War of the Rebellion: Serial 084 Page 0810 LOUISIANA AND THE TRANS-MISSISSIPPI. Chapter LIII.

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YOUNG'S RANCH, August 22, 1864.


Commanding District of Colorado:

I came up here on a scout to-day in order to find out the location of these devilish redskins. They are prowling around, and I think they strike for the divide. The people are fortifying themselves. The Indians took a Mexican prisoner yesterday, and there was a white man with them. I think it is Reynolds, from all accounts. I received adjutant-general's note to-day, date of 21st, and shall act accordingly. I just received dispatches from Fort Lyon. Major orders me leave my detail at Point of Rocks and he keep me men there at Fort Lyon. I wish to Heaven that I could have my company; then I could do something. As it is I have but about thirty men. I do not see why he cannot hold Fort Lyon with three companies larger than mine, and farther from the Indian difficulties.



COLORADO CITY, COLO. TER., August 22, 1864.


SIR: Yesterday about 3 p. m. the Indians attacked my camp at a place called Jimmy's Camp and ran off all but four head of my stock. At the first alarm given by the picket I had the stock brought into camp, but the Indians closed around and began firing into the herd, and to repel them I gave the order to fire on the Indians. The smoke and noise so frightened the stock that despite our utmost endeavors to prevent it they broke out of the lines. The Indians got them. I start out to-day with some soldiers and citizens in pursuit of the redskins.

I have the honor to remain, yours, truly,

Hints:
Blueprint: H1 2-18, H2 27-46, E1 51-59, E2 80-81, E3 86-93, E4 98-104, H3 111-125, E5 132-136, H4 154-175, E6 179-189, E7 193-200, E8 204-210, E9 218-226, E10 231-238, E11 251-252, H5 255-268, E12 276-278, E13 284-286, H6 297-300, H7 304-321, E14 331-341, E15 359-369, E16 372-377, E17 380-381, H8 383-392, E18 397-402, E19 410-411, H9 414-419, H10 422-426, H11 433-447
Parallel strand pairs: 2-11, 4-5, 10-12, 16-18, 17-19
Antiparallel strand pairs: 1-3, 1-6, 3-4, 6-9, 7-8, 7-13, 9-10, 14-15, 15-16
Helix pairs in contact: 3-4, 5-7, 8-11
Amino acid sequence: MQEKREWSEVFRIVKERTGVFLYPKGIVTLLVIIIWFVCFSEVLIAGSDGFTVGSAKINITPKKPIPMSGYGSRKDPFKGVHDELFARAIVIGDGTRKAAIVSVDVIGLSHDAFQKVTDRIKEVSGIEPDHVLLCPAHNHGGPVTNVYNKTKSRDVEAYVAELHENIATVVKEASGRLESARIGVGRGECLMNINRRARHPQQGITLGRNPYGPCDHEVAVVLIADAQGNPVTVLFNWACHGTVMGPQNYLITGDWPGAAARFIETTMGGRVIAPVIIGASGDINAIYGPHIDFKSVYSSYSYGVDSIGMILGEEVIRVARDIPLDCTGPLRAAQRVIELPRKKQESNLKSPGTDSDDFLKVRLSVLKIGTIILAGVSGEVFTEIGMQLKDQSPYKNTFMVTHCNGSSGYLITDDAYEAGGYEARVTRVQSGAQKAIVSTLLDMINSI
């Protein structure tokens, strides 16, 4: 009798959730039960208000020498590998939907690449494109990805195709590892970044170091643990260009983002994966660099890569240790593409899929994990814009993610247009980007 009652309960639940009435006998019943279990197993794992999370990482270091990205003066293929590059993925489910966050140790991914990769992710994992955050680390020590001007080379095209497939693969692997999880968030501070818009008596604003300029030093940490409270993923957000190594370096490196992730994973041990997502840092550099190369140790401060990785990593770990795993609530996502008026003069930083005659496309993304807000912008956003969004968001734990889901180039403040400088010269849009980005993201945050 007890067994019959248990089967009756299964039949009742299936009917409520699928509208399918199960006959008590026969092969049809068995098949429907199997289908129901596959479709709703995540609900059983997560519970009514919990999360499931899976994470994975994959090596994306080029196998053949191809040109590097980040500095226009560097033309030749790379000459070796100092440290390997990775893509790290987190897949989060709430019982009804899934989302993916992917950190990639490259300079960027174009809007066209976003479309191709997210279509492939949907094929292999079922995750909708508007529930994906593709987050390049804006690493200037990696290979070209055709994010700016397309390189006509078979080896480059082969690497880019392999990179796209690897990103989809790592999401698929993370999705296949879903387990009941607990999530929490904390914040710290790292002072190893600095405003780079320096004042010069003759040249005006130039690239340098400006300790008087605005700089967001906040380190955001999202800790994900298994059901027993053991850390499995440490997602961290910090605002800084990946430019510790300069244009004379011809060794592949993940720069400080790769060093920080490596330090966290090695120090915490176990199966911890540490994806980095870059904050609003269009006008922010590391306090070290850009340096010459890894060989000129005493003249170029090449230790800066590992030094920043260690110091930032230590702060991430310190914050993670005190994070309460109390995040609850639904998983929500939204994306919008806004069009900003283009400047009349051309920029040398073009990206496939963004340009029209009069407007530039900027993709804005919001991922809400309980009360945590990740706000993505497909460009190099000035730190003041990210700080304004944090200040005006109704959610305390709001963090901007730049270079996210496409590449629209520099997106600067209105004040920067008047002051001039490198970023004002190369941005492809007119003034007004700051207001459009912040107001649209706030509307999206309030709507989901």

Second Lieutenant First Cavalry of Colorado,

Commanding Detach. Company H, First Cavalry of Colorado.

FORT LUPTON, August 22, 1864.

His Excellency JOHN EVANS,

Governor and Commander-in-Chief, Denver, Colo. Ter.:

SIR: I am satisfied that the amount of force now at this post is greater than necessary for the defense of the settlers now here. I have satisfied myself that there are no hostile Indians in this vicinity, and that they have not been here in force. The depredations committed near this point have been committed by stragglers from a larger force now east or southeast of Lupton. If our men were ordered to pursue the Indians on the headwaters of Bijou Creek or Running Creek they would ge glad to obey. Garrison duty hangs heavily on raw recruits. Most of the families have already gone to Denver except the men. They are here in sufficient force to defend this post and the women and children still remaining here. I send this forward by a messenger who goes to Denver with further requisitions for forage, &c. If we should be ordered forward I suggest that the forage and rations be sent out on another road to meet us at some designated point.

Very respectfully, yours, &c.,


Captain, Commanding Post.